9 Nov 2011

Gamer's block or: How I braved the Abyss of Uninstalled Games and saved my soul

I'm definitely riding a To the Moon come down. Recently I've been struggling to find anything to play. I've no review codes to game at, no desire to explore something epic. Gemini Rue is waiting for me, Bastion has bored me. I'm an addict with so many drugs to choose from that I can only sit back with my arms folded and wish I was high.

When a game like To the Moon comes along it's a funny thing to figure out. Afterwards, when the credits roll, you're left with thoughts that will continue to pester you for days. And I don't want any old run-of-the-mill run-and-gun hit-and-run action to destroy that feeling. I want love and sorrow and laughter and tragedy to continue onwards. Where do I get that? How do I safeguard its destruction? It's almost as if I'm scared to embark on a new adventure in case it ruins something I've already experienced, clouds my memory.

I have so many unplayed games to pick and choose from it's pathetic. The various sales and bundles over the last couple of weeks have levelled my bank balance as well as my ability to become enthused by video gaming. Where do I start? How do I end this?

Well... by trial and error. By staring at the screen, hovering my mouse pointer over shortcuts on my desktop and trying to imagine what it might feel like to hit that main menu and drop right into that game. Most of the time I'll turn my nose up, or I'll be repulsed by the very thought of giving up all my good staring time to something that certainly is not To the Moon.

Argh... get over it. Get over it. Get over... hey. What's this? Oh. Something on Steam I bought but dropped right into the Abyss of Uninstalled Games. Should I click? Aye, go on then...


Let me tell you about Painkiller.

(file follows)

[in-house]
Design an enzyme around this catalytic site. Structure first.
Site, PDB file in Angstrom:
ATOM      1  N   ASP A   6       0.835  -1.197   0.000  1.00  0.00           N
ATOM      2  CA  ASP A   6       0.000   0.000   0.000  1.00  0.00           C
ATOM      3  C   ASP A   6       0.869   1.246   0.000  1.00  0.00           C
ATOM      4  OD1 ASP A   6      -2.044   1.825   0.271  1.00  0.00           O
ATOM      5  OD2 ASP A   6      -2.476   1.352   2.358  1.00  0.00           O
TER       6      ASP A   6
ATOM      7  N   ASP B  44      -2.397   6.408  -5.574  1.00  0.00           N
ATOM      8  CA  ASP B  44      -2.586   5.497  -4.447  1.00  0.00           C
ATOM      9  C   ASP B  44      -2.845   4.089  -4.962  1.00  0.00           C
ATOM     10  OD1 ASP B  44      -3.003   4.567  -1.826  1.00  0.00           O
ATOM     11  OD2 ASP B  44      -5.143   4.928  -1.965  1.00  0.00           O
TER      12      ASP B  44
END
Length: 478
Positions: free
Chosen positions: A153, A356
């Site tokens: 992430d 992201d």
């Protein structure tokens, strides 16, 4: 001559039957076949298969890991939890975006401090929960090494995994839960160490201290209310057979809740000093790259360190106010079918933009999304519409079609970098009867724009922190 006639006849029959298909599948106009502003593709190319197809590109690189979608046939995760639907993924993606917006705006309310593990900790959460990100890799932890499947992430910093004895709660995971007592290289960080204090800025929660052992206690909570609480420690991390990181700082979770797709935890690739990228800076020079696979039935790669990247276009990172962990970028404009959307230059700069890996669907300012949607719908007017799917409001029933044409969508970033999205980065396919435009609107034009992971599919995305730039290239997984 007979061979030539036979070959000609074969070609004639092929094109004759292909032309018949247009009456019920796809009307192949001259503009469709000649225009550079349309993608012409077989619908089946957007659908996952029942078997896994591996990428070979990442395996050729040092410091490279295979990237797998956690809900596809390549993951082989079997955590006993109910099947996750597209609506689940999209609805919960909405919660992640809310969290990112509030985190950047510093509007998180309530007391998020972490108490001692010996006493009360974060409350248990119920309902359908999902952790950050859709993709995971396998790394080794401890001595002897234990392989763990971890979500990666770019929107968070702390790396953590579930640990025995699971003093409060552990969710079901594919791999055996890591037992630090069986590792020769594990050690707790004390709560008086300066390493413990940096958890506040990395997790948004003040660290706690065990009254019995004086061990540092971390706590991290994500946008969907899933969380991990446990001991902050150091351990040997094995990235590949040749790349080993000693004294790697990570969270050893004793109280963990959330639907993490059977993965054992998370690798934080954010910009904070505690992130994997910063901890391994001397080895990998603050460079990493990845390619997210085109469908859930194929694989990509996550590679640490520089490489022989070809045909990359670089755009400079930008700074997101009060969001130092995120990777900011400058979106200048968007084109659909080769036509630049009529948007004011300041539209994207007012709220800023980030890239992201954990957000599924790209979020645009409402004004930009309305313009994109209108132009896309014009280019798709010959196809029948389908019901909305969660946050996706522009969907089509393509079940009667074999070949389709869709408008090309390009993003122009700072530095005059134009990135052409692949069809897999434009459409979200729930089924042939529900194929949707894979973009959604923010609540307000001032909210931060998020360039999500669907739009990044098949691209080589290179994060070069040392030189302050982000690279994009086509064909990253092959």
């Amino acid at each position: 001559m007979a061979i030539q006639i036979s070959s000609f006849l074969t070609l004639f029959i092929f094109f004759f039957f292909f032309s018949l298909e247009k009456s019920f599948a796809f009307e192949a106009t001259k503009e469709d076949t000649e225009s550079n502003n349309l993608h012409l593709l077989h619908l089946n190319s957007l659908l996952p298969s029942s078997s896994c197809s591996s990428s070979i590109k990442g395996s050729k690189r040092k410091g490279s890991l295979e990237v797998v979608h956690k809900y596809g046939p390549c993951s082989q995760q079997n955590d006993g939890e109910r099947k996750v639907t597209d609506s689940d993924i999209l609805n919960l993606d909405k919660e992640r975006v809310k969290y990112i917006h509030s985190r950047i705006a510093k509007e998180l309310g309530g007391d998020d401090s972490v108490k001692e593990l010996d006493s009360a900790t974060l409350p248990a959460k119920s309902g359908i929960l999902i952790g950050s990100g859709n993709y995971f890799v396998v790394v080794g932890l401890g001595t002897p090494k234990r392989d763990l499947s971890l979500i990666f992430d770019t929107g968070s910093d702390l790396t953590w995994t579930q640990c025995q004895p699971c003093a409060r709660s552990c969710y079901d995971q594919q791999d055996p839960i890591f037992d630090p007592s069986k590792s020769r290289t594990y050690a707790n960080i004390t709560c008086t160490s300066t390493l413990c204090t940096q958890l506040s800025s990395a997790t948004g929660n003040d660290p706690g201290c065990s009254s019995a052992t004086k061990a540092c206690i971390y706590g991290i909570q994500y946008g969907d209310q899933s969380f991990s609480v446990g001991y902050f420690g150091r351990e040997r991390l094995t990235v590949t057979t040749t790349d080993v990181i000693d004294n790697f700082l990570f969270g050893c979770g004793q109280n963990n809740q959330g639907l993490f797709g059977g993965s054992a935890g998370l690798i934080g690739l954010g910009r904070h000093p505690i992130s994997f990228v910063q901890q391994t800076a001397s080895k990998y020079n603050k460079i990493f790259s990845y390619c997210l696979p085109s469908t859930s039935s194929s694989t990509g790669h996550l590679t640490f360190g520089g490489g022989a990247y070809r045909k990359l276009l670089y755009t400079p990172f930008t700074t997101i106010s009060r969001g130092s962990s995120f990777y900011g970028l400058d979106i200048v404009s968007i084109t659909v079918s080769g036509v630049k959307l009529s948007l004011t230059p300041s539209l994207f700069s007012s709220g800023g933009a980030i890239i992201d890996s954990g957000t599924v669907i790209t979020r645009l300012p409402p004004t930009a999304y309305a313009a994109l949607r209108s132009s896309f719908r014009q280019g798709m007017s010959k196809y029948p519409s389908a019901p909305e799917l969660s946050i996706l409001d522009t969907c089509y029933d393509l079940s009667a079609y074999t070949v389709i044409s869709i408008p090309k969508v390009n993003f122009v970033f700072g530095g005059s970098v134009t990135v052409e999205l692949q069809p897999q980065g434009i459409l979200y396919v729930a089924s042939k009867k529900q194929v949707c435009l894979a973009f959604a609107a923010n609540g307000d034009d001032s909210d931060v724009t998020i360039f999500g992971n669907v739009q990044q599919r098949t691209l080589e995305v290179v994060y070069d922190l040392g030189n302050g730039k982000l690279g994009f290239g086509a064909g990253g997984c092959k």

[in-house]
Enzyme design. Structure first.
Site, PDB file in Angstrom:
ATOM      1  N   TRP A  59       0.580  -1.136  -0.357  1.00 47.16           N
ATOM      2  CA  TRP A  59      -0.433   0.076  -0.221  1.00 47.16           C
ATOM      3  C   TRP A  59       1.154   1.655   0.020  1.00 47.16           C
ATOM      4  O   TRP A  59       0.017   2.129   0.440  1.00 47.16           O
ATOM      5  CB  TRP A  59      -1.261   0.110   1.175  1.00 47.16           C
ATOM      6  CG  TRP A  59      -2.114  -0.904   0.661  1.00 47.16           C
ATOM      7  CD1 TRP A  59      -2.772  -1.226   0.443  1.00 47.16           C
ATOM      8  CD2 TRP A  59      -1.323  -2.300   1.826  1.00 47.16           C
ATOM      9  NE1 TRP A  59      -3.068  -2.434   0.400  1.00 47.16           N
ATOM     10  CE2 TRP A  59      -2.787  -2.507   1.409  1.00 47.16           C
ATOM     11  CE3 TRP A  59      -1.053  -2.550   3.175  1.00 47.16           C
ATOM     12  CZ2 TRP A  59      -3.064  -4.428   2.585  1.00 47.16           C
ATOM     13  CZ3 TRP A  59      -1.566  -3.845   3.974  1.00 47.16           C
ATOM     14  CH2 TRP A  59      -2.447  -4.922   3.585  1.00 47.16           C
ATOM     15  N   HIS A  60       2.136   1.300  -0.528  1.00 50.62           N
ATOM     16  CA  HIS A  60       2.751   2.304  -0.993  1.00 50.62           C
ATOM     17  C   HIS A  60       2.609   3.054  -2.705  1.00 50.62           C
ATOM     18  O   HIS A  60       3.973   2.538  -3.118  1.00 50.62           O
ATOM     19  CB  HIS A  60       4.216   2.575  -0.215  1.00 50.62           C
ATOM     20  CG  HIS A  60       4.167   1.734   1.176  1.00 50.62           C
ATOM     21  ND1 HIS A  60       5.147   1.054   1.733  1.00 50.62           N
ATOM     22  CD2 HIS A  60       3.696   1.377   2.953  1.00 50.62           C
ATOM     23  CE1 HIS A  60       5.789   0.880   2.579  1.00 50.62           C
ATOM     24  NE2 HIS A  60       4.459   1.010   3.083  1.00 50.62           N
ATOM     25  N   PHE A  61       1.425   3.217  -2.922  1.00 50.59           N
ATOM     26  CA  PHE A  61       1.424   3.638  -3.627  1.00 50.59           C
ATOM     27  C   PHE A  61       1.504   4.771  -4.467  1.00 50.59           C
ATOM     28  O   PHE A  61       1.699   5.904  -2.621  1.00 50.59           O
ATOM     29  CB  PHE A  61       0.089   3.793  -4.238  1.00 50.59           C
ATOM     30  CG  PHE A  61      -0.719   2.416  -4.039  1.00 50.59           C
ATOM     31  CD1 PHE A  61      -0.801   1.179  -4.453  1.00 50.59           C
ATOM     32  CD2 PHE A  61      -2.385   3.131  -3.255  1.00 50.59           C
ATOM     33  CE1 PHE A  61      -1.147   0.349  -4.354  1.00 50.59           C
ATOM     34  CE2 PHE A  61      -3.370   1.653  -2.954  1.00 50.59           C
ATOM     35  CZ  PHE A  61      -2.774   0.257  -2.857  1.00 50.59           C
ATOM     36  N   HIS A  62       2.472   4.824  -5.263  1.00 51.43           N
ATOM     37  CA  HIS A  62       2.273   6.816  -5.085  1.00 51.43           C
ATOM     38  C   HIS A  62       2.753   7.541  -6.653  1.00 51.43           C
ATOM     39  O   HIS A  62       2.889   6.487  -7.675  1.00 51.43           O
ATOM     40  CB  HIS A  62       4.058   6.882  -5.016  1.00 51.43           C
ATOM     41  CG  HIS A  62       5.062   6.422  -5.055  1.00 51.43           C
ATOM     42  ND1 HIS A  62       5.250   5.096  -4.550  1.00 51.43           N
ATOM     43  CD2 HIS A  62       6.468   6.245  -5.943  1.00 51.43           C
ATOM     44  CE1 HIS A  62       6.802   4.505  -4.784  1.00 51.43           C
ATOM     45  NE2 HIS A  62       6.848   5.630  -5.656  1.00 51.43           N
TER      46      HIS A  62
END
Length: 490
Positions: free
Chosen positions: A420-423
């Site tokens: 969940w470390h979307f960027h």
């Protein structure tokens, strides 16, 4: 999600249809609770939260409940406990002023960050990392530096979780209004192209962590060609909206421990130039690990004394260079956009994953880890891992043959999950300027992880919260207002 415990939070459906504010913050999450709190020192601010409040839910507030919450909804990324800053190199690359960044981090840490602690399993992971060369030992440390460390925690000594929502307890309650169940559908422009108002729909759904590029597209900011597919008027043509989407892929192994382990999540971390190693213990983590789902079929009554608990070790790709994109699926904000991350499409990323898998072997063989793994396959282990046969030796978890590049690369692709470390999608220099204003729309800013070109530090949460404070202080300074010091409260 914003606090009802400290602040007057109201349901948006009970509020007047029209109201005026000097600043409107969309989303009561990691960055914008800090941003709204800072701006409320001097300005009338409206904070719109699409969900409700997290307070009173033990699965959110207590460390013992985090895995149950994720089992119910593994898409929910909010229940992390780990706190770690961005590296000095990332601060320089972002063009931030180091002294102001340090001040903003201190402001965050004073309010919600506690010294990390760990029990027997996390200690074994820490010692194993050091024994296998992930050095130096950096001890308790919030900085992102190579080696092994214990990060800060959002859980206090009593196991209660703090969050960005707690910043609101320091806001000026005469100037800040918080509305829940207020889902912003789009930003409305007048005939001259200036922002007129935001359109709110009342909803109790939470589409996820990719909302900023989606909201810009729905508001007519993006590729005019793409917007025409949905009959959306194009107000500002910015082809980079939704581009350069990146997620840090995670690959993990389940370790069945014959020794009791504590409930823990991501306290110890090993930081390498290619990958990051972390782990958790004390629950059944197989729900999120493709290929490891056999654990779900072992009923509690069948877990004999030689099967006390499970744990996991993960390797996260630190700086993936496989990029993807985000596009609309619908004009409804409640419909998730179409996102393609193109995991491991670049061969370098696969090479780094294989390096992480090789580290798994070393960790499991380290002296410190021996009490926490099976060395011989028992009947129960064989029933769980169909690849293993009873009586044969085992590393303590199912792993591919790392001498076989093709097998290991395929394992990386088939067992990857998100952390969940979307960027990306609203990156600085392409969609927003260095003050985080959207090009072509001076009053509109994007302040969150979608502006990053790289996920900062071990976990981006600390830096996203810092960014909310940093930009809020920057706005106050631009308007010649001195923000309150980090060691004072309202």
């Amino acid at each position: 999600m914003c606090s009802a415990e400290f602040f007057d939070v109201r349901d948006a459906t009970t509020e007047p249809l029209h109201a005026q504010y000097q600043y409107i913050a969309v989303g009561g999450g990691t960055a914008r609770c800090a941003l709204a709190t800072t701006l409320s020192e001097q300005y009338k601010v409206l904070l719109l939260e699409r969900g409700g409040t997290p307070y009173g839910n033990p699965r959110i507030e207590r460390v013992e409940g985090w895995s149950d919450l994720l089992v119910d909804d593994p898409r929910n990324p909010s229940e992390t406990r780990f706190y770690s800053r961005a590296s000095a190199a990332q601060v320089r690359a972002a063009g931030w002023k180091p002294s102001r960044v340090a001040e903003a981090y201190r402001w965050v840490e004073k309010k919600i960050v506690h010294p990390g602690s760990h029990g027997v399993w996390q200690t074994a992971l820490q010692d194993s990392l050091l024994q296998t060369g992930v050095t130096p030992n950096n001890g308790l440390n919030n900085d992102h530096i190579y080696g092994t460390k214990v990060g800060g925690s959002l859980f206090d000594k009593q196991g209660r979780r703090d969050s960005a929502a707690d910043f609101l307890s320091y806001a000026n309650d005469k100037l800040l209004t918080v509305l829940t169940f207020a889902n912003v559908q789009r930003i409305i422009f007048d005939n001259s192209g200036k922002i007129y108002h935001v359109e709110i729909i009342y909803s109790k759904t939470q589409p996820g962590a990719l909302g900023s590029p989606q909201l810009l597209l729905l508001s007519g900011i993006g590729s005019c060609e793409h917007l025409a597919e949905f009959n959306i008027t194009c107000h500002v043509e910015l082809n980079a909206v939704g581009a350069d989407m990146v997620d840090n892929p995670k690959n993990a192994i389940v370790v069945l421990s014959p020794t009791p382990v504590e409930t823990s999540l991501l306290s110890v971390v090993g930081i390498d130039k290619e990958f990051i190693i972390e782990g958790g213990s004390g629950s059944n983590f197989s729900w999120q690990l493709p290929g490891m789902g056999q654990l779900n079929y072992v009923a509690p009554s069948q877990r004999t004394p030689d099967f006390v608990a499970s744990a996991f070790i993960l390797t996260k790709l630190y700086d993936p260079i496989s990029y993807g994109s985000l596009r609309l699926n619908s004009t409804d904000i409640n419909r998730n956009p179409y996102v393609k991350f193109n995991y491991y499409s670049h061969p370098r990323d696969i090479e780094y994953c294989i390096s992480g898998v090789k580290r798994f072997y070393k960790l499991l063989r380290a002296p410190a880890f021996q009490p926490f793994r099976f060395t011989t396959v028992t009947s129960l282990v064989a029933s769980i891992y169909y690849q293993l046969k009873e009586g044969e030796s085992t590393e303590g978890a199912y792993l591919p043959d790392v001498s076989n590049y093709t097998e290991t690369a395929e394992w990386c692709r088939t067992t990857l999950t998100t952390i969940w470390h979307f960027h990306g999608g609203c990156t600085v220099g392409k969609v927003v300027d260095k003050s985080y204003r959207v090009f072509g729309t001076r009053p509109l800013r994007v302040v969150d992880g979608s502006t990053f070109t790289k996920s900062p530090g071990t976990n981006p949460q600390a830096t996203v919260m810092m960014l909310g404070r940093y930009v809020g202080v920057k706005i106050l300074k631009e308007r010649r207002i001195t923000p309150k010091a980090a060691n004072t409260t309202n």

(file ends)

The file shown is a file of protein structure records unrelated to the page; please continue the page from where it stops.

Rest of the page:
Painkiller isn't incredible. It's a game I've tried to love over again and over again, but found to be of little substance. It’s creaky and uninspiring. Even on initial release I disliked how it presented the devolution of video gaming, taking it back to the primal stage as if the developers, People Can Fly, had crawled right back into the ocean because they found the trees to be dizzying.

So I loaded it up out of desperation, hoping that something I knew I couldn’t love could lift me from this hole. A shot of stupid to cure my ills, waxing my boredom and obliterating any other emotion I might care to feel. And somehow I'm thirteen again, stalking through the most stripped down form of our favourite entertainment: Point and shoot, point and shoot, pick up ammo, lay down hell. It's not great, but it could be frenzied enough to flush this feeling of malaise from my mind. It’s overkill. I’m using acid for mouthwash. I’m amputating limbs to kill itches I never had. I don’t know what’s going.

But do you know what? It’s working. It’s my medicine. I’m self-prescribing and kicking ass. Shoot this demon, shoot that witch. I don’t care what I’m shooting, I’m just fighting back until I’m ready to climb up to whatever pinnacle of entertainment it was that knocked me down here in the first place.

My love for this hobby rolls in cycles and it’s a funny thing, but I’m a total sucker for this kind of punishment.

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